3. Koplan JP, Walker JA, Bryan JA. Prevalence of hepatitis B surface antigen and antibody at a state prison in Kansas. J Infect Dis 1978; 137: 505-506.
  4. Melico-Silvestre A, Pombo V, Pereira A, et al. Seroepidemiological survey of transmissible infections in Portuguese prisoners [letter]. AIDS 1991; 5: 780-781.
  5. Decker M, Vaughn W, Brodie J, et al. Seroepidemiology of hepatitis B in Tennessee prisoners. J Infect Dis 1984; 150: 450-458.
  6. Chiaramonte M, Trivello R, Renzulli G, et al. Hepatitis B virus infection in prisons. J Hyg Camb 1982; 89: 53-58.
  7. Vlahov D, Nelson K, Quinn T, Kendig N. Prevalence and incidence of hepatitis C virus infection among male prison inmates in Maryland. Eur J Epidemiol 1993; 9: 566-569.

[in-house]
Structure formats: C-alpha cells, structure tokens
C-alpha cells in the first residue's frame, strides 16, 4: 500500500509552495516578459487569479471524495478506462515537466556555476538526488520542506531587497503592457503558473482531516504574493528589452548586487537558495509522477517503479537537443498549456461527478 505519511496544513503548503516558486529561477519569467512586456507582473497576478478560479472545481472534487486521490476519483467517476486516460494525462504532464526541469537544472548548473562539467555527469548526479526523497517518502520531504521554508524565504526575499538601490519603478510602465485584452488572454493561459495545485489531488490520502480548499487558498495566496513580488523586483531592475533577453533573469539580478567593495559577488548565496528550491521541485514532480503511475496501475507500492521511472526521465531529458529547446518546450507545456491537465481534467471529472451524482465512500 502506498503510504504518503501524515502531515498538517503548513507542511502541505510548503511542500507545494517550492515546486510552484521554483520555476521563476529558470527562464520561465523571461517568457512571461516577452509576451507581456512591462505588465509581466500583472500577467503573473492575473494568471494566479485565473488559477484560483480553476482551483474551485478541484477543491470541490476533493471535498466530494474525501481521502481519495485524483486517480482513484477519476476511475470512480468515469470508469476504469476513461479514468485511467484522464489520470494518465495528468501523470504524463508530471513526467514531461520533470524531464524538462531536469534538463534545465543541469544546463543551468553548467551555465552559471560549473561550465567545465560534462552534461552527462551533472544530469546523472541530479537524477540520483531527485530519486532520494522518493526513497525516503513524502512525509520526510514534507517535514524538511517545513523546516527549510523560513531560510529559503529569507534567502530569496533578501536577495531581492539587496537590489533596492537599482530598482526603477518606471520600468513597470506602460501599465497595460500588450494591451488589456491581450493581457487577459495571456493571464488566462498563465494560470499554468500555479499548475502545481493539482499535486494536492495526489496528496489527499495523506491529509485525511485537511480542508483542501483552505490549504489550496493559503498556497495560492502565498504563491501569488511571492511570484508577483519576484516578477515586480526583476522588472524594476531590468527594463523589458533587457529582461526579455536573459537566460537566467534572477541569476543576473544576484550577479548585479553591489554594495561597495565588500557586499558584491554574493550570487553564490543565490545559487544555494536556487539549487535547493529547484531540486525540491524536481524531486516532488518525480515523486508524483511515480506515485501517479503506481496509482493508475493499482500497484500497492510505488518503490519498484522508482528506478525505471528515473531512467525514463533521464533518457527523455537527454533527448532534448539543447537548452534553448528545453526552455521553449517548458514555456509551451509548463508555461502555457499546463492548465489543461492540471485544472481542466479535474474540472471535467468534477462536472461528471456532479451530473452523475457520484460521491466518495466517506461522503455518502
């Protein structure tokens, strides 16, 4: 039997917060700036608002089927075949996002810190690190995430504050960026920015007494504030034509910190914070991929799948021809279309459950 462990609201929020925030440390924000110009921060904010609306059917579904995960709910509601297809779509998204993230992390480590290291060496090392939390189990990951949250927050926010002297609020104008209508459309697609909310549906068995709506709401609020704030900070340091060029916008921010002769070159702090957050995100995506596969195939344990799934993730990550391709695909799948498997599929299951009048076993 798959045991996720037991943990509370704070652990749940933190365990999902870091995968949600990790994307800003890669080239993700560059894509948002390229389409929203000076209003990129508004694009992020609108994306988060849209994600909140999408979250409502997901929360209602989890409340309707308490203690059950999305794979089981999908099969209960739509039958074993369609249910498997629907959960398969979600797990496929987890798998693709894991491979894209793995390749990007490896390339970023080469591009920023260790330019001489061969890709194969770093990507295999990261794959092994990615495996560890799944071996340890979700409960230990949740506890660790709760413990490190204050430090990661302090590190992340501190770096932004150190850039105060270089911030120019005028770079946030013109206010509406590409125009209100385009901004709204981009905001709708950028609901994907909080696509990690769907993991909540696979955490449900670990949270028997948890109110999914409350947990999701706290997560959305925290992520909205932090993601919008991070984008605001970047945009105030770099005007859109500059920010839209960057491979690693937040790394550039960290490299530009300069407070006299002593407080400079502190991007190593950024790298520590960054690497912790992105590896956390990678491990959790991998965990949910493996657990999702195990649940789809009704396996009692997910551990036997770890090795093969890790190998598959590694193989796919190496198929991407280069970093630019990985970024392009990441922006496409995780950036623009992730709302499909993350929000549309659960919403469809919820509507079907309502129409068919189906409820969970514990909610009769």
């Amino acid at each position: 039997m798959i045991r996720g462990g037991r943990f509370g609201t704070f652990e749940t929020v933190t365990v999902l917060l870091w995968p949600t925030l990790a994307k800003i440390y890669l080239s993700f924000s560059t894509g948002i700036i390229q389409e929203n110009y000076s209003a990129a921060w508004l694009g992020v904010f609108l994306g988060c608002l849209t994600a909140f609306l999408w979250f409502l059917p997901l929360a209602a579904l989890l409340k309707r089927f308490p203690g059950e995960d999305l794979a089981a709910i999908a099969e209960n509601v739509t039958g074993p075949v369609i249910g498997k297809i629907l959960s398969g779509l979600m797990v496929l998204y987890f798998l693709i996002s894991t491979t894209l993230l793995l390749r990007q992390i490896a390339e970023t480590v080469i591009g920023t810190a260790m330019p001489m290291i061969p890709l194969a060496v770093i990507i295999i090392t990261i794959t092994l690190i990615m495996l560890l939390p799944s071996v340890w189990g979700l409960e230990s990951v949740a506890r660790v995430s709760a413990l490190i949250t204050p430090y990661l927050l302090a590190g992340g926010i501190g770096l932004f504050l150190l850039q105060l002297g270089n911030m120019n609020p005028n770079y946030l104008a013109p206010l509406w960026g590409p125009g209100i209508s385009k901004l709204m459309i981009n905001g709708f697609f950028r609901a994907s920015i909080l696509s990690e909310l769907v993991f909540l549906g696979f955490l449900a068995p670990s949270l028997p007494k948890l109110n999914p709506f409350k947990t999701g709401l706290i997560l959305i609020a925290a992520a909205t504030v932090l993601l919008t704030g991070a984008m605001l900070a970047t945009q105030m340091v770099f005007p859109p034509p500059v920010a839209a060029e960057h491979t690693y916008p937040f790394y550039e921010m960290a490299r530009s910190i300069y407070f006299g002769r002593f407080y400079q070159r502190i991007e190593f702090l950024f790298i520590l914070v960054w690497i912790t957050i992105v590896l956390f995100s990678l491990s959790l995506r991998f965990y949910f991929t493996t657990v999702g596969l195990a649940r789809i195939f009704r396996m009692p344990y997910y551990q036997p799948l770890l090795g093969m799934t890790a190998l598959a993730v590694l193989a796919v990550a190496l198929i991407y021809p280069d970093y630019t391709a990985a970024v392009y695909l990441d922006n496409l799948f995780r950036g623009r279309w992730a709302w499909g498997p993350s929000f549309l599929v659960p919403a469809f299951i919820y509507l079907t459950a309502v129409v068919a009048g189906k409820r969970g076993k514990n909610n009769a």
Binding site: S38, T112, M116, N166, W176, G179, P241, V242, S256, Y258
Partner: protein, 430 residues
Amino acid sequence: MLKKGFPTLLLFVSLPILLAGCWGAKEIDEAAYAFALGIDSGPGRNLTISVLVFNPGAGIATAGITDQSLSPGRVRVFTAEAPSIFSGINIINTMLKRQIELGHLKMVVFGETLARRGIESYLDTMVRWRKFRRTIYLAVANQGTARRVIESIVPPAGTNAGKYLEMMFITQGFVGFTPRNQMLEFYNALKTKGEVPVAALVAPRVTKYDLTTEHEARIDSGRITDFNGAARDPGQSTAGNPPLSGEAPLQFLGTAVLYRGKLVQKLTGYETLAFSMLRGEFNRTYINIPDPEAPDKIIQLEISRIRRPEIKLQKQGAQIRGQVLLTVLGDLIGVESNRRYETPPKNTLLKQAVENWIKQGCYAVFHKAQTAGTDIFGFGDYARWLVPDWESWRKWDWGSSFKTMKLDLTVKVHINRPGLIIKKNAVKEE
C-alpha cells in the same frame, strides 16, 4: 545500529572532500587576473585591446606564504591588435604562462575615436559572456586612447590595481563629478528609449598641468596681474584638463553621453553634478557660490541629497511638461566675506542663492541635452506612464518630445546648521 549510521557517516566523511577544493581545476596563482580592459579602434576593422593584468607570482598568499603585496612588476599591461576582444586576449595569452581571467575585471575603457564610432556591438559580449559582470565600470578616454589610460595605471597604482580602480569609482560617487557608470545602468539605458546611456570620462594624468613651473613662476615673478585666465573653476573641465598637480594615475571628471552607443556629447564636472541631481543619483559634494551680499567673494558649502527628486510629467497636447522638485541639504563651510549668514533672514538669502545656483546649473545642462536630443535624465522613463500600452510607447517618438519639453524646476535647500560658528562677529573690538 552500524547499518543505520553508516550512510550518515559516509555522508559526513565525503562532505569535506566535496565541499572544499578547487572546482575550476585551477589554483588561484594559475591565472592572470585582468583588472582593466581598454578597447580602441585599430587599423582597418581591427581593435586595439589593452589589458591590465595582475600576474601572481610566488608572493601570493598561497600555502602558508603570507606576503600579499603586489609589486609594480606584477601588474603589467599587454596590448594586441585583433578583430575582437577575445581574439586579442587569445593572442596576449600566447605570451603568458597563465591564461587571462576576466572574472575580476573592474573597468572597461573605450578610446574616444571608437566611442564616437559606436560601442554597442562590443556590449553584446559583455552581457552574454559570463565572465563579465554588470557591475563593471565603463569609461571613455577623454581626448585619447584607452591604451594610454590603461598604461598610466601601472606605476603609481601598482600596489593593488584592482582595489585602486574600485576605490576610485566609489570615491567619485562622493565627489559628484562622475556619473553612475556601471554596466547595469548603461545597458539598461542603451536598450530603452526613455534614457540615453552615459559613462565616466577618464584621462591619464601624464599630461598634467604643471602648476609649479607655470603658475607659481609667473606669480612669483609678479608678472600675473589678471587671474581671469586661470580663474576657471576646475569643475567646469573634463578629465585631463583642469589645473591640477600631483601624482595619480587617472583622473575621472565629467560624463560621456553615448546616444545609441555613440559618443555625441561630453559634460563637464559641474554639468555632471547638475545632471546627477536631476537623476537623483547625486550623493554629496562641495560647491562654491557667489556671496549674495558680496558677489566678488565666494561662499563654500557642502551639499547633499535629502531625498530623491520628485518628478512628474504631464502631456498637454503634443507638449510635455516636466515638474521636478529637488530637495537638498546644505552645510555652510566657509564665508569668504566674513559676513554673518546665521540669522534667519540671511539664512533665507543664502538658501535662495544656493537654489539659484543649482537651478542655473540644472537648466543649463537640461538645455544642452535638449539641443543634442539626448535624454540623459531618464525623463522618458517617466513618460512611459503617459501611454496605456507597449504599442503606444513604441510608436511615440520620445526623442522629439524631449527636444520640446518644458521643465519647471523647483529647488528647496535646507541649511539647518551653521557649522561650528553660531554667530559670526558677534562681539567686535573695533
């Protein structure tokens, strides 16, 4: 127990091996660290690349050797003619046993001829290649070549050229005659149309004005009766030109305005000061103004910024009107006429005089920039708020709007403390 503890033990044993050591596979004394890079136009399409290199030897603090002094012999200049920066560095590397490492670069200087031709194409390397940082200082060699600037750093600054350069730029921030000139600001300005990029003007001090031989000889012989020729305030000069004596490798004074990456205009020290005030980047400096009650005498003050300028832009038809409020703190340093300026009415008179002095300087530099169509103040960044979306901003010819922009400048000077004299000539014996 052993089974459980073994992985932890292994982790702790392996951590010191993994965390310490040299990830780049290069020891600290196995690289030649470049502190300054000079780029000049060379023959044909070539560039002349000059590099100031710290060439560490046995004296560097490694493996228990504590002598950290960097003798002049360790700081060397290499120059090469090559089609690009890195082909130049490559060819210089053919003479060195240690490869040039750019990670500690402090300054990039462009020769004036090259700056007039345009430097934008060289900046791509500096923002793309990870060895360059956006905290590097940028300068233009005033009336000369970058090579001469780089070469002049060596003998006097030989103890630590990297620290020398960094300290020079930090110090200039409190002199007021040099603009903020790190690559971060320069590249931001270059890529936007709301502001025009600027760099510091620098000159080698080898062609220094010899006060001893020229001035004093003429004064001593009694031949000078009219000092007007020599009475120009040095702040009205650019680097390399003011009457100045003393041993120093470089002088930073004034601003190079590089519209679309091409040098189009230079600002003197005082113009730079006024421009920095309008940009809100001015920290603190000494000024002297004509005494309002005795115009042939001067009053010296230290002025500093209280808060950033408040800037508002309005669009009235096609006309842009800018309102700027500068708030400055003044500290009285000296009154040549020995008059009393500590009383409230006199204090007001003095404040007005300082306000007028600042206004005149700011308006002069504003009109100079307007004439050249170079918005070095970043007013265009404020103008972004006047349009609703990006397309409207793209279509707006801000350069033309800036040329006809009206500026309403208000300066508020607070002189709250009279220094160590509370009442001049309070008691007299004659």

8. Fairley CK, Leslie DE, Nicholson S, et al. Epidemiology and hepatitis C virus in Victoria. Med J Aust 1990; 153: 271-273.
  9. Corrections Health Service. Strategic Plan 1993-1998. Sydney: NSW Health Department, 1994.
  10. Douglas RM, Gaughwin MD, Ali RL, et al. Risk of transmission of the human immunodeficiency virus in the prison setting [letter]. Med J Aust 1989; 150: 722.
  11. Crofts N, Stewart T, Hearne P, et al. Spread of blood borne viruses among Australian prison entrants. BMJ 1995; 310: 285-288.
  12. Epi Info [computer program], version 6.0. Atlanta, Ga: Centers for Disease Control, 1994.
  13. SPSS-6: Statistical package for the social sciences [computer program], version 6. Chicago, Ill: SPSS Inc, 1994.
  14. Crofts N, Hopper J, Bowden S, et al. Hepatitis C virus infection among a cohort of Victorian injecting drug users. Med J Aust 1993; 159: 237-241.